Despite what silly James Bond-esque credit card commercials may imply, credit card companies don’t really protect you to the degree you expect. If a credit card company detects irregular spending on your credit card, they may freeze your account or call
to verify your identity. While these measures do help secure your card to an extent, but they cannot prevent or detect all types of credit card fraud.
The Federal Trade Commission recently
filed a lawsuit describing a criminal enterprise responsible for “micro charges,” fraudulent charges ranging from 20 cents to $10, to as many as one million credit cards since approximately 2006. Because the amounts were low, most of the fraud went unnoticed
by cardholders. Money mules were used to divert the funds to Eastern European countries. (“Money mules” are typically individuals who are recruited to assist in a criminal enterprise via help wanted advertisements on job placement websites. In this case, the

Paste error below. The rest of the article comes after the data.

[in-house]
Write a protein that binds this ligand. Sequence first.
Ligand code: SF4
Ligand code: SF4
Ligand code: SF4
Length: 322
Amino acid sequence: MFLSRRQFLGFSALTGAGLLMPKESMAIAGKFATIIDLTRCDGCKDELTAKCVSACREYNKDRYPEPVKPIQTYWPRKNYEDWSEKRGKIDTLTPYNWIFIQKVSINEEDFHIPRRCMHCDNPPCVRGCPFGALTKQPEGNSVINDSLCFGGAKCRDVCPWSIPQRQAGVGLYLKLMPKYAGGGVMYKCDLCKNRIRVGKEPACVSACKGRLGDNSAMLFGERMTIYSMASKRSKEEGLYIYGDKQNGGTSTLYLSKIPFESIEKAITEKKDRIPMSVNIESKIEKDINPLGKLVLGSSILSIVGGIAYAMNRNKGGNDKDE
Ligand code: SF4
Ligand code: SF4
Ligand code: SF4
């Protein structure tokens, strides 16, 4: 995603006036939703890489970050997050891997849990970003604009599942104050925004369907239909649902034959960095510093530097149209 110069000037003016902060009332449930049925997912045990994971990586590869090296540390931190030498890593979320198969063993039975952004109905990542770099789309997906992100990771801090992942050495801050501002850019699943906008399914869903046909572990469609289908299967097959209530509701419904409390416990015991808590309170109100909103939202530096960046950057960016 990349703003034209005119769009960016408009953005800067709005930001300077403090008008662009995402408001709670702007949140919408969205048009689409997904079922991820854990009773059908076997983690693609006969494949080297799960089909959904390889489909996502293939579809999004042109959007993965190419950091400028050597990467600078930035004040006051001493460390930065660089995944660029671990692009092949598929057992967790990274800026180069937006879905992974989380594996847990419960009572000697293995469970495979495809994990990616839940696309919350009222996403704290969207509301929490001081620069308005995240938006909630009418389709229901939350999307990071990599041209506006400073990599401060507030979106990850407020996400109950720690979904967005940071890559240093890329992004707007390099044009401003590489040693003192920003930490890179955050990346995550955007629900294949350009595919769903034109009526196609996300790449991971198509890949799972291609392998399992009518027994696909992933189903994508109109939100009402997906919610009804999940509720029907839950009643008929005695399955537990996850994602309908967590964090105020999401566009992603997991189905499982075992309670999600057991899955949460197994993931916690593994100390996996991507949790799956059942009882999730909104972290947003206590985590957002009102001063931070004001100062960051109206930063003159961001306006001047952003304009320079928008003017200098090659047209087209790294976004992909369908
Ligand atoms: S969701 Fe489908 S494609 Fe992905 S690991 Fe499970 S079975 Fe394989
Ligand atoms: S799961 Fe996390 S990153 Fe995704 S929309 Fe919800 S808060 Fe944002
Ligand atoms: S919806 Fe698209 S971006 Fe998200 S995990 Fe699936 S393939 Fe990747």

mules believed they were applying to be financial services managers.) These mules opened numerous LLCs and bank accounts. They also set up websites with toll free numbers, creating an apparently legitimate web presence. Thanks to this facade, the websites
were granted merchant status, allowing them to process credit card orders.
The victims of this scam would see the fictional merchant’s name and toll free number on their credit card statements. If they attempted to dispute a charge, the toll free numbers would go to voicemail or be disconnected. Most frustrated consumers may not
bother to take the additional step of disputing a 20 cent charge with the credit card company.
The money mules involved in this scam have been located, but the true scammers have yet to be identified.
If you fail to recognize and dispute unauthorized transactions on your credit card statements, you take responsibility for the fraudulent charges. While 20 cents may not seem worth the bother, these seemingly minor charges are certainly funding criminal
activity, and perhaps even terrorism. So take the time to scrutinize those charges every since month.
Robert Siciliano, personal security adviser